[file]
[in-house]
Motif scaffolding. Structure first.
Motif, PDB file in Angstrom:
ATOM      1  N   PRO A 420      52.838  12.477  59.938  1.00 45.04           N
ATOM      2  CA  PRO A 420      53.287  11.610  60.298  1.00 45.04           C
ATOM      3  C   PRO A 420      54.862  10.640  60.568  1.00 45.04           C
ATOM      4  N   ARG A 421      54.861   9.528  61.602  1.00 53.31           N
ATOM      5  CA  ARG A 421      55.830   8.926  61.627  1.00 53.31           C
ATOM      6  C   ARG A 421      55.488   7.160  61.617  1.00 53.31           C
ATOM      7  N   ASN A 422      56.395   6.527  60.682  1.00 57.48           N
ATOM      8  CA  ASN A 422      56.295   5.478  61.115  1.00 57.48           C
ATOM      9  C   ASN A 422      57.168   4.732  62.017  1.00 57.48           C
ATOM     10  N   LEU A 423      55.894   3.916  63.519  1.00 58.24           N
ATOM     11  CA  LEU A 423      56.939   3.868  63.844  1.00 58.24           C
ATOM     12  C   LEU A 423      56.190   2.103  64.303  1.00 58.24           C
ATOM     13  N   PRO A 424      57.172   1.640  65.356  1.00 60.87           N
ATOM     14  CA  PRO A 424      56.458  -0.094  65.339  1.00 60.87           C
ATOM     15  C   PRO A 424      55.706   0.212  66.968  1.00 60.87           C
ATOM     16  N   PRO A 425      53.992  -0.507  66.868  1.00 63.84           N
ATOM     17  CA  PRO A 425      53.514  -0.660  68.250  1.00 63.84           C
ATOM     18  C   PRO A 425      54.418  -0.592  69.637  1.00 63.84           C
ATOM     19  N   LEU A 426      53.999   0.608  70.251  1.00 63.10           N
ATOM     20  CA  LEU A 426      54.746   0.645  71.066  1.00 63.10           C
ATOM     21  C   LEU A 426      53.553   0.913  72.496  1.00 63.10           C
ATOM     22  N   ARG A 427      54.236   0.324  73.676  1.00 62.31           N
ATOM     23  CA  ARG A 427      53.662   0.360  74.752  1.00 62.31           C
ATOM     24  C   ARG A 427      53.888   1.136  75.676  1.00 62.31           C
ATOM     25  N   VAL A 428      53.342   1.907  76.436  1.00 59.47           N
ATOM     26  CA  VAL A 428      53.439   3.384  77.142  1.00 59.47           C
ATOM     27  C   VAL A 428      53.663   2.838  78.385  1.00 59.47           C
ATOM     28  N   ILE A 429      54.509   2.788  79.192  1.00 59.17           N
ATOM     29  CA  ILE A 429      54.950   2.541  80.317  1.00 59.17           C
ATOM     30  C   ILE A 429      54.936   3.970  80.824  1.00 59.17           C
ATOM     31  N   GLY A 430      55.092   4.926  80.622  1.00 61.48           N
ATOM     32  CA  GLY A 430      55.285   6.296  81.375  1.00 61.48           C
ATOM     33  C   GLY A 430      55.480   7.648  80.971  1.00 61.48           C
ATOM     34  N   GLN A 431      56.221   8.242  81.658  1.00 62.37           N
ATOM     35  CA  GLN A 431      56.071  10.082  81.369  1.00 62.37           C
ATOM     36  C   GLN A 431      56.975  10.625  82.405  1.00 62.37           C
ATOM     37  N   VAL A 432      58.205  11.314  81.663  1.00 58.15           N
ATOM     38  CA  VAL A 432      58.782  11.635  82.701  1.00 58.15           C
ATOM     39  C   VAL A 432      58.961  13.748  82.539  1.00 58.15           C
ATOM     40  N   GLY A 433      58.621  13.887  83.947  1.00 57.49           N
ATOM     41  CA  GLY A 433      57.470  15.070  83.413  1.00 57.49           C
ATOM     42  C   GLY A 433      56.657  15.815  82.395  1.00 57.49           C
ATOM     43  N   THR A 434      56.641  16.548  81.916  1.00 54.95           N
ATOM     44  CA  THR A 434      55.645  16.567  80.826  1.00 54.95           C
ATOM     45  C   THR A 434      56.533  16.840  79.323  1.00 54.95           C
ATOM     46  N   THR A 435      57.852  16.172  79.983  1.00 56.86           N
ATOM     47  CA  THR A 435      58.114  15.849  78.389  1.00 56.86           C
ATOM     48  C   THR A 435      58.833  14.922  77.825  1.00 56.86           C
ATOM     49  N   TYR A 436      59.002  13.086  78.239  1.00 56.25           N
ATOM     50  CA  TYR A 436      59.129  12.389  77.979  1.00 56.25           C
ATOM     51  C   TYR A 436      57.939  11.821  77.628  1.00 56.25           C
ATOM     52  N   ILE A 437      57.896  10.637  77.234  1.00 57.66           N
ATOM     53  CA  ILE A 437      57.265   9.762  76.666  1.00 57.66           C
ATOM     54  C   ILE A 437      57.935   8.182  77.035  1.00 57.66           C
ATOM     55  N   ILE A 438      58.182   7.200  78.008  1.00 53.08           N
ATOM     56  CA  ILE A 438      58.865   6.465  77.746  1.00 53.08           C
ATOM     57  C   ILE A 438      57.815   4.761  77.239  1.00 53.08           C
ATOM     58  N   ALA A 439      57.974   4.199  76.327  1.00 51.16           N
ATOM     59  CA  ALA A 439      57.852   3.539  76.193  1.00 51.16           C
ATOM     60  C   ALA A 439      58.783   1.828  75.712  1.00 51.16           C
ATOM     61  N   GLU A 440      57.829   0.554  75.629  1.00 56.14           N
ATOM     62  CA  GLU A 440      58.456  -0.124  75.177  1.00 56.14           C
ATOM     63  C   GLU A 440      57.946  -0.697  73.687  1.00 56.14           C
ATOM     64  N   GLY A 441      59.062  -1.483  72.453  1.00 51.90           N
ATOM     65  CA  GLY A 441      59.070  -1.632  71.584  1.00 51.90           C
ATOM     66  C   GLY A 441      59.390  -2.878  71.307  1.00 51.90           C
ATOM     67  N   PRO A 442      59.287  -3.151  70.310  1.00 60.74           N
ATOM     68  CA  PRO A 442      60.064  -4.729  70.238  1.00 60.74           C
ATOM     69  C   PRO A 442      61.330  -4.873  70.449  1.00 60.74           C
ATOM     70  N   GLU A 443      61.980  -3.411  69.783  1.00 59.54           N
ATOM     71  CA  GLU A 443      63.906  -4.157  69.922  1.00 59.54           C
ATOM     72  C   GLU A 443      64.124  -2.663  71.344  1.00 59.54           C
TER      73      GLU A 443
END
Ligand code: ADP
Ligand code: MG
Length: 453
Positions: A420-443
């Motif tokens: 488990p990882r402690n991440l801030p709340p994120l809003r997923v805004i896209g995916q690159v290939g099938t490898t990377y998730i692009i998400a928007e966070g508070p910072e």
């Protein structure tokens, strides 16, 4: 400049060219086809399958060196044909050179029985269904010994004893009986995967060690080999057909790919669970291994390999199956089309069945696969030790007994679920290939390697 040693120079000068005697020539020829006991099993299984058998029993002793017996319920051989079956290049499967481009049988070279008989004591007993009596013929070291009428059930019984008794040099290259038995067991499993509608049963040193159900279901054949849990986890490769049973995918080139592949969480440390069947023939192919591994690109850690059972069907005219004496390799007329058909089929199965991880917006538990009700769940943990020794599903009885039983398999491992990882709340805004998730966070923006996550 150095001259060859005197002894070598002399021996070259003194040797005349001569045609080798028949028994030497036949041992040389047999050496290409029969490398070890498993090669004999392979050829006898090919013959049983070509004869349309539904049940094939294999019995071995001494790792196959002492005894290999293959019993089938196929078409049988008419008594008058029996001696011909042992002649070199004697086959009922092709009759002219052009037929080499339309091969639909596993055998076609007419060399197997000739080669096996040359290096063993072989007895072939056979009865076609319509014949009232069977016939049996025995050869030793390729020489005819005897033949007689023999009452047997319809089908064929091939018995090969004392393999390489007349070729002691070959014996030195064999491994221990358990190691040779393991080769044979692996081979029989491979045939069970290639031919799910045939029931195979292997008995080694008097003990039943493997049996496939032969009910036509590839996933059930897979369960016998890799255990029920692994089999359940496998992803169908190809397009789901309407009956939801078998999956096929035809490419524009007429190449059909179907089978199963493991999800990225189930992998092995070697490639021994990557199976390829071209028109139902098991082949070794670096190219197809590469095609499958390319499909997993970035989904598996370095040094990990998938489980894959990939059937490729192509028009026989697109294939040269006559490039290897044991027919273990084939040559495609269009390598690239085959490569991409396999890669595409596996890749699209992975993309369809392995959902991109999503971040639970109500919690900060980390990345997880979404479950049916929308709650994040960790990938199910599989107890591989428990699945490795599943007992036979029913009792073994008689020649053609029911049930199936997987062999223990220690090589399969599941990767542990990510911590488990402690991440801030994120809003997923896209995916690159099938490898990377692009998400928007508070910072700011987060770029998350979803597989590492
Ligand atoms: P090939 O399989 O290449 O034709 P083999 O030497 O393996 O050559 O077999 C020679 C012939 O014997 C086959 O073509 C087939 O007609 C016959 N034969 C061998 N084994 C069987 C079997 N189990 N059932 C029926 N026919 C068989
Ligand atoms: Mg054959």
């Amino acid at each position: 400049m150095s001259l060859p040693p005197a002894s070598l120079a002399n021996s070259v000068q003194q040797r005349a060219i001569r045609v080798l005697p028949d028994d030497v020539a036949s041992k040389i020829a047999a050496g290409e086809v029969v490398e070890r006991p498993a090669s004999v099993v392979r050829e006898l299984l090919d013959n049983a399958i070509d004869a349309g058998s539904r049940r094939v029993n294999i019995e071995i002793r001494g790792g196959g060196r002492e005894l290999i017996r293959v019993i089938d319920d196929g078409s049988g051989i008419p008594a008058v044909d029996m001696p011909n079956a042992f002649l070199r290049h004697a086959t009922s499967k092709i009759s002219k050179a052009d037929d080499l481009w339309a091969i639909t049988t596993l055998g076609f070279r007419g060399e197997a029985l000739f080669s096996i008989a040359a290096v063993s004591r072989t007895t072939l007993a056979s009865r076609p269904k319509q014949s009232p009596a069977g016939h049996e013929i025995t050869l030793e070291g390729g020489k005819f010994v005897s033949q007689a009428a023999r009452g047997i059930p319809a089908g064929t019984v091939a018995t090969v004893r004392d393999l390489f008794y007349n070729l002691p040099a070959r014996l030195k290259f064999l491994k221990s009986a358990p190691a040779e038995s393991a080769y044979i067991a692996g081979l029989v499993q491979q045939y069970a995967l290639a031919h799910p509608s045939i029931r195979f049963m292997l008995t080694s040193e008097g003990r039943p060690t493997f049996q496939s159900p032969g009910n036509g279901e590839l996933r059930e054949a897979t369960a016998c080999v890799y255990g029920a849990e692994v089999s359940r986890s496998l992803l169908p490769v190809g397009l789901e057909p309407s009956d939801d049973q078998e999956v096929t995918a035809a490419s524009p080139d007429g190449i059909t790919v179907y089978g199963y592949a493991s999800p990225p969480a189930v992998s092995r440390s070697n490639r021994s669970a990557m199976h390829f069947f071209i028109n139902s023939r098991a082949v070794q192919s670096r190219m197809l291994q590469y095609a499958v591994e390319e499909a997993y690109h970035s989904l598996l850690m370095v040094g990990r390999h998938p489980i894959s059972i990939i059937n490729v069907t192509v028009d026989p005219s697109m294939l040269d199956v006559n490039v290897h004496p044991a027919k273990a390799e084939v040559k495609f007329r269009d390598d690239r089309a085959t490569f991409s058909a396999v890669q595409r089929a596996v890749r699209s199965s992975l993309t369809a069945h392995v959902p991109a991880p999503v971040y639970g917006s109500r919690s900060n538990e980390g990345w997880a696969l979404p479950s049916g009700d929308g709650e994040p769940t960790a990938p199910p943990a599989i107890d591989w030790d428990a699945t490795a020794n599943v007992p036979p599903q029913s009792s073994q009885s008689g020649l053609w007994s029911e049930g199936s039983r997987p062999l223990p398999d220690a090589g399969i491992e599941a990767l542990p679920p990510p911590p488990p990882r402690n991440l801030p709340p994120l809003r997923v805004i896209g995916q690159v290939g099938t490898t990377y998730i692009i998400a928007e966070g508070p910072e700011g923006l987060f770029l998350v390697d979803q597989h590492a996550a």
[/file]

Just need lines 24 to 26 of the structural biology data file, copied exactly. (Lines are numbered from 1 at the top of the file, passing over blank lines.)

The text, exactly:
ATOM     21  C   LEU A 426      53.553   0.913  72.496  1.00 63.10           C
ATOM     22  N   ARG A 427      54.236   0.324  73.676  1.00 62.31           N
ATOM     23  CA  ARG A 427      53.662   0.360  74.752  1.00 62.31           C